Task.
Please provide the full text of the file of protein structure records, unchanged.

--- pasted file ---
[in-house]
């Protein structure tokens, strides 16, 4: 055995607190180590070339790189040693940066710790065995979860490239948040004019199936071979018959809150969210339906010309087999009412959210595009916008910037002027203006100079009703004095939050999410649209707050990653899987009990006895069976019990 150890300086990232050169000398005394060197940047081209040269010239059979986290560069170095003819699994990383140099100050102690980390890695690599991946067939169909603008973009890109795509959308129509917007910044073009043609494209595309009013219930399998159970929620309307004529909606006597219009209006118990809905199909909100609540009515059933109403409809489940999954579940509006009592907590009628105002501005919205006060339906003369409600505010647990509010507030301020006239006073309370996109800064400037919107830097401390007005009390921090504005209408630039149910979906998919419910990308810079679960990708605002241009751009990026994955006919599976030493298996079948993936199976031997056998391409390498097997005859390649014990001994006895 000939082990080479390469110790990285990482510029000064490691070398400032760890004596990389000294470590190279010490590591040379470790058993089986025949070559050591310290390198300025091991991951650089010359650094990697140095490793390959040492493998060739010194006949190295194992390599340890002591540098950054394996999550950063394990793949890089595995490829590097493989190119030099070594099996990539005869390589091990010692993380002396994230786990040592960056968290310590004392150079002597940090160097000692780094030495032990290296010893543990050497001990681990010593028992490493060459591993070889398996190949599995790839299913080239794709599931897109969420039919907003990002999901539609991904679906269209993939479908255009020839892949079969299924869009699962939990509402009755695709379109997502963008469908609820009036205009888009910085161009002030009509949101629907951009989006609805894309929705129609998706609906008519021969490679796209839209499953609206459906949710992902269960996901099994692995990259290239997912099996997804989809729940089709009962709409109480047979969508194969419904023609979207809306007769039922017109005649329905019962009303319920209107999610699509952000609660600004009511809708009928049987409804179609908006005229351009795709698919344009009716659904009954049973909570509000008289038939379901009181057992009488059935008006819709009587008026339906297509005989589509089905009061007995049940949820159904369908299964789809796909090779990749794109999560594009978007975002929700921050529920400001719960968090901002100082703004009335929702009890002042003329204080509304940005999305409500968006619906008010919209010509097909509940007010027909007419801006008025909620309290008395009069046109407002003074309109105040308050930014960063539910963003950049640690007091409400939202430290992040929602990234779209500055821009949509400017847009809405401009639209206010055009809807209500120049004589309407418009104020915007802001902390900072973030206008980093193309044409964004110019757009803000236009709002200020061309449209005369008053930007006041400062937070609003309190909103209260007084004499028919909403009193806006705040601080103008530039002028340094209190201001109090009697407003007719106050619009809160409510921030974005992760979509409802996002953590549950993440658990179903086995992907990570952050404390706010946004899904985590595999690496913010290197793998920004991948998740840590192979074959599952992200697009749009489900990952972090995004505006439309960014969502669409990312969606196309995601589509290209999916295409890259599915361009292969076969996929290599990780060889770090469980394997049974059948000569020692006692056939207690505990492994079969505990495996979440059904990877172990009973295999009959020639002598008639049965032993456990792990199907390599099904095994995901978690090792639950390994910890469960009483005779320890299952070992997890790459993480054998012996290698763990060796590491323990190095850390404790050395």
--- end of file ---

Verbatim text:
[in-house]
């Protein structure tokens, strides 16, 4: 055995607190180590070339790189040693940066710790065995979860490239948040004019199936071979018959809150969210339906010309087999009412959210595009916008910037002027203006100079009703004095939050999410649209707050990653899987009990006895069976019990 150890300086990232050169000398005394060197940047081209040269010239059979986290560069170095003819699994990383140099100050102690980390890695690599991946067939169909603008973009890109795509959308129509917007910044073009043609494209595309009013219930399998159970929620309307004529909606006597219009209006118990809905199909909100609540009515059933109403409809489940999954579940509006009592907590009628105002501005919205006060339906003369409600505010647990509010507030301020006239006073309370996109800064400037919107830097401390007005009390921090504005209408630039149910979906998919419910990308810079679960990708605002241009751009990026994955006919599976030493298996079948993936199976031997056998391409390498097997005859390649014990001994006895 000939082990080479390469110790990285990482510029000064490691070398400032760890004596990389000294470590190279010490590591040379470790058993089986025949070559050591310290390198300025091991991951650089010359650094990697140095490793390959040492493998060739010194006949190295194992390599340890002591540098950054394996999550950063394990793949890089595995490829590097493989190119030099070594099996990539005869390589091990010692993380002396994230786990040592960056968290310590004392150079002597940090160097000692780094030495032990290296010893543990050497001990681990010593028992490493060459591993070889398996190949599995790839299913080239794709599931897109969420039919907003990002999901539609991904679906269209993939479908255009020839892949079969299924869009699962939990509402009755695709379109997502963008469908609820009036205009888009910085161009002030009509949101629907951009989006609805894309929705129609998706609906008519021969490679796209839209499953609206459906949710992902269960996901099994692995990259290239997912099996997804989809729940089709009962709409109480047979969508194969419904023609979207809306007769039922017109005649329905019962009303319920209107999610699509952000609660600004009511809708009928049987409804179609908006005229351009795709698919344009009716659904009954049973909570509000008289038939379901009181057992009488059935008006819709009587008026339906297509005989589509089905009061007995049940949820159904369908299964789809796909090779990749794109999560594009978007975002929700921050529920400001719960968090901002100082703004009335929702009890002042003329204080509304940005999305409500968006619906008010919209010509097909509940007010027909007419801006008025909620309290008395009069046109407002003074309109105040308050930014960063539910963003950049640690007091409400939202430290992040929602990234779209500055821009949509400017847009809405401009639209206010055009809807209500120049004589309407418009104020915007802001902390900072973030206008980093193309044409964004110019757009803000236009709002200020061309449209005369008053930007006041400062937070609003309190909103209260007084004499028919909403009193806006705040601080103008530039002028340094209190201001109090009697407003007719106050619009809160409510921030974005992760979509409802996002953590549950993440658990179903086995992907990570952050404390706010946004899904985590595999690496913010290197793998920004991948998740840590192979074959599952992200697009749009489900990952972090995004505006439309960014969502669409990312969606196309995601589509290209999916295409890259599915361009292969076969996929290599990780060889770090469980394997049974059948000569020692006692056939207690505990492994079969505990495996979440059904990877172990009973295999009959020639002598008639049965032993456990792990199907390599099904095994995901978690090792639950390994910890469960009483005779320890299952070992997890790459993480054998012996290698763990060796590491323990190095850390404790050395």